Why Maple Leaf expanded to Pinterest

The food company targeted parents looking for creative meal solutions as it shakes up its brand and media strategy.
Maple Leaf Foods

Maple Leaf has undergone a highly public transformation in terms of its food, its branding and its messaging – and now, it’s transforming its media plan.

The Canadian food giant recently concluded its first-ever Pinterest campaign, creating promoted Pins under the banner of kid-friendly food in order to boost the brand’s image and drive in-store sales.

Using a combination of interest and keyword targeting (with keywords including “easy lunch ideas,” “family dinner” and “healthy kid snacks”) food-focused pins featured single photos of one-dish meals and kid-friendly food featuring Maple Leaf meat products. The campaign, which wrapped up this month, delivered a 4% increase in brand favourability overall. Most significantly, it measured a 15% lift in favourability among men.

D’Arcy Finley, VP of marketing at Maple Leaf Foods, tells MiC that following its brand renovation, one goal is to make the brand a “badge brand” for parents, particularly “in our responsible decision-making head space.”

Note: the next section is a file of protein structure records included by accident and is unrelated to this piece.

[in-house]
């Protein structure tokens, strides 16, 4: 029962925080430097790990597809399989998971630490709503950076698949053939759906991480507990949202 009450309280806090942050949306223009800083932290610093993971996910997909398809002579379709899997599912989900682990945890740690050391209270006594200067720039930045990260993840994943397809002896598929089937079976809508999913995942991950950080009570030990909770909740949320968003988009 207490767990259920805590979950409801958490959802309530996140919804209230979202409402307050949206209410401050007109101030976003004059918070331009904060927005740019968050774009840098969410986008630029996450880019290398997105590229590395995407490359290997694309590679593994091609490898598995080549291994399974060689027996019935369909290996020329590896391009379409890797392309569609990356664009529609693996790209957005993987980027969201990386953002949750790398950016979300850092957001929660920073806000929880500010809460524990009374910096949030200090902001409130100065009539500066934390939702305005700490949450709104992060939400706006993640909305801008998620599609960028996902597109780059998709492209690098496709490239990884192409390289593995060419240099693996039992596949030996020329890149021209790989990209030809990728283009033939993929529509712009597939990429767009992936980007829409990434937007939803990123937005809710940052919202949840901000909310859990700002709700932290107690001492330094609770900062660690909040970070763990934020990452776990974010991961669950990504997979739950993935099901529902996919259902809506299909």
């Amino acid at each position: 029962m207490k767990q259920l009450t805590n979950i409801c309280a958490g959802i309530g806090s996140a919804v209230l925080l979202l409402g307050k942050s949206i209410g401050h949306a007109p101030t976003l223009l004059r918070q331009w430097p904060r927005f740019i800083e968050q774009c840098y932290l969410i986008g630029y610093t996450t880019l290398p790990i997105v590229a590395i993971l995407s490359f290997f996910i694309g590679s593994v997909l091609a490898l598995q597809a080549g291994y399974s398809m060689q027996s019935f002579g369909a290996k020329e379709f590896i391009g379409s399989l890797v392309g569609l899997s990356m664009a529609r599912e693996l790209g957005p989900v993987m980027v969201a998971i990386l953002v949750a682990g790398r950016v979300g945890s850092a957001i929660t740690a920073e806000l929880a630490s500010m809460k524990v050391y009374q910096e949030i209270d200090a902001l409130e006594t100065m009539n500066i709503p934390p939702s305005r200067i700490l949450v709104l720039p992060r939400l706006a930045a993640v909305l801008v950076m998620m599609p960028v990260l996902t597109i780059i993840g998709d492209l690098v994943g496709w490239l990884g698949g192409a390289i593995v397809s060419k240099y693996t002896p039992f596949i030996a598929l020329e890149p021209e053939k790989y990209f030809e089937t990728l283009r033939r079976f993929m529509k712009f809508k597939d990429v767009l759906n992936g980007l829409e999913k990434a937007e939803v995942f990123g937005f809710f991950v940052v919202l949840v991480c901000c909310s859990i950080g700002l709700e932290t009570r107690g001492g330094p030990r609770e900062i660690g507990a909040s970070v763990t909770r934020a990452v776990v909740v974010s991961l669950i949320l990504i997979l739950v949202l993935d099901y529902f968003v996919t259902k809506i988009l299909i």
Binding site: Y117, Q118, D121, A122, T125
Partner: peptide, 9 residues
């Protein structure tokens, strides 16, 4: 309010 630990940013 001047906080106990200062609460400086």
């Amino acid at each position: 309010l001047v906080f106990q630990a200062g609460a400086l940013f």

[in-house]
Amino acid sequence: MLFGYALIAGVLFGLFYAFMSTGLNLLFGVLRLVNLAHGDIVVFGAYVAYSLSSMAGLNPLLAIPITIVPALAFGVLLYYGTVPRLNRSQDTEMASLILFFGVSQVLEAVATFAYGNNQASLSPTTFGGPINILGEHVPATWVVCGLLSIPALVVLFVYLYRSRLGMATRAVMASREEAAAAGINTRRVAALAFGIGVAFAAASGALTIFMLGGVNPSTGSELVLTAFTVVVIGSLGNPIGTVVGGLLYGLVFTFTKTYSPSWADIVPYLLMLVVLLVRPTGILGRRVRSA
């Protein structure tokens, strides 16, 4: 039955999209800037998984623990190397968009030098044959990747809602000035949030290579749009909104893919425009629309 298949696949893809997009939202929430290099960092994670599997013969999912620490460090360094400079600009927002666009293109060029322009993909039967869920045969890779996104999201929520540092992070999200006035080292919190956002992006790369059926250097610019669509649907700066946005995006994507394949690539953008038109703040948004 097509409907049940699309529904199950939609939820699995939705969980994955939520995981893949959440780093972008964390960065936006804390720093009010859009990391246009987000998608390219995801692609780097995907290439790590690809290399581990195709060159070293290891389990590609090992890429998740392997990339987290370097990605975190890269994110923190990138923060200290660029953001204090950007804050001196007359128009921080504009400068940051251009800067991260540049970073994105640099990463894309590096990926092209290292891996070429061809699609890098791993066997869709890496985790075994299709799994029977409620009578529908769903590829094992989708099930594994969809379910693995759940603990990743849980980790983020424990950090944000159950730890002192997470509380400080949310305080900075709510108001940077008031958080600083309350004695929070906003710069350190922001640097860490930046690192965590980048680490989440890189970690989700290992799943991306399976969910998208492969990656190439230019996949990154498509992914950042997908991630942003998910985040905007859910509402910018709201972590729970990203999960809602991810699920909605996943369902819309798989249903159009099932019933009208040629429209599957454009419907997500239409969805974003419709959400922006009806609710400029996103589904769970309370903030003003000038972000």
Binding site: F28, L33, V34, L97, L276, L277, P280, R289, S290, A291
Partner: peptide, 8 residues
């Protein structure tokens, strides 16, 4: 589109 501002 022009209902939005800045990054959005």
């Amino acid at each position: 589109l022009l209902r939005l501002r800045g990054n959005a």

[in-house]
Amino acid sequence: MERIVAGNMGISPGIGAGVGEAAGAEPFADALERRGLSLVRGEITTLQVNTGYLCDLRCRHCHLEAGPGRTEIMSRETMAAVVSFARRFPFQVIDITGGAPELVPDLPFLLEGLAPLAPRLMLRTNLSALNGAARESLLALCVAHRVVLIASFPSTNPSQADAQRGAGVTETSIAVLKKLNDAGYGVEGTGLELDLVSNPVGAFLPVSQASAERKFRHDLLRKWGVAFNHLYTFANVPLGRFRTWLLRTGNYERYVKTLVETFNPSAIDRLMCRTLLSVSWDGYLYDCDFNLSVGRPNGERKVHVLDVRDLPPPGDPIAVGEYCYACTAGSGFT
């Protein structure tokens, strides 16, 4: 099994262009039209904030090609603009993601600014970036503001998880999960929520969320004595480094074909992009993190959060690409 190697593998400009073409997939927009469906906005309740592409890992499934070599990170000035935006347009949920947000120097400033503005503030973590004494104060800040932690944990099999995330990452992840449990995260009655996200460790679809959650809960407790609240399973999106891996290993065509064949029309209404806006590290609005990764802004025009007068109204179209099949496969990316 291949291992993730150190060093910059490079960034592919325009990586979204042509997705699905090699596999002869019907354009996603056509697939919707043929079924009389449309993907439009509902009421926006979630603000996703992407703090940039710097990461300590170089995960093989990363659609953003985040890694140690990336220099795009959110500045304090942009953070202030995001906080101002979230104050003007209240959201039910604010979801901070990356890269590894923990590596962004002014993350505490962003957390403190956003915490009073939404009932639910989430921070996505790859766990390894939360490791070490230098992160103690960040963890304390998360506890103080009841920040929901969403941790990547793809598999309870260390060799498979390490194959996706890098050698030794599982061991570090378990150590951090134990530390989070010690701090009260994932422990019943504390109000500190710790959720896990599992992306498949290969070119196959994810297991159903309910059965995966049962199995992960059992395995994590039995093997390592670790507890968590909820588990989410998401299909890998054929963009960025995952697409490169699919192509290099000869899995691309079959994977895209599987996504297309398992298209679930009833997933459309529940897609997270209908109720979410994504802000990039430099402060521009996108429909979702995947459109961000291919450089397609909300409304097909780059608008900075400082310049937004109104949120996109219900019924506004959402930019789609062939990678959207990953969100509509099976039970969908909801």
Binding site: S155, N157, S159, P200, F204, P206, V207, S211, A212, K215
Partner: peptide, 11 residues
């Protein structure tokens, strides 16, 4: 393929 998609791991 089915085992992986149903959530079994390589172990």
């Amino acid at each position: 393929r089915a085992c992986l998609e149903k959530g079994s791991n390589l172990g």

He says he was tempted to consider Pinterest after undergoing his own kind of renovation – a home renovation. Suddenly struck by the ease of falling down the Pinterest rabbit hole of inspiration, he says he immediately saw marketing alignments. “Our parenting segment is constantly looking for inspiration and food that they love,” he says. “Because it’s a visually rich, contextual platform, it’s really helpful in that.”

The brand-lift results were enough for Finley to be satisfied with the campaign as a one-off. But, Finley adds, Maple Leaf is now looking at Pinterest as part of its long-term strategy. “We’re in the throes of planning right now, and we have plans to partner with them on a whole bunch of fronts. We have a roster of brands in our portfolio, and everyone of them would benefit from Pinterest.”

The Pins were part of a larger paid media effort promoting the new messaging able Maple Leaf’s ingredient quality.

“We’ve had a long-standing traditional TV buy that we service almost exclusively through Bell [Media], but we also have a really great partnership with Google and YouTube in terms of getting content out,” he says. While Maple Leaf’s strategy is largely “video-based,” besides Pinterest it also added some influencer work and an OOH buy. Maple Leaf did not work with a buying agency, and Finley says it typically prefers to work directly with media partners. “We’ve found it very fruitful,” he says. “We keep our media partners directly engaged, and it’s led to some wonderful strategic relationships.”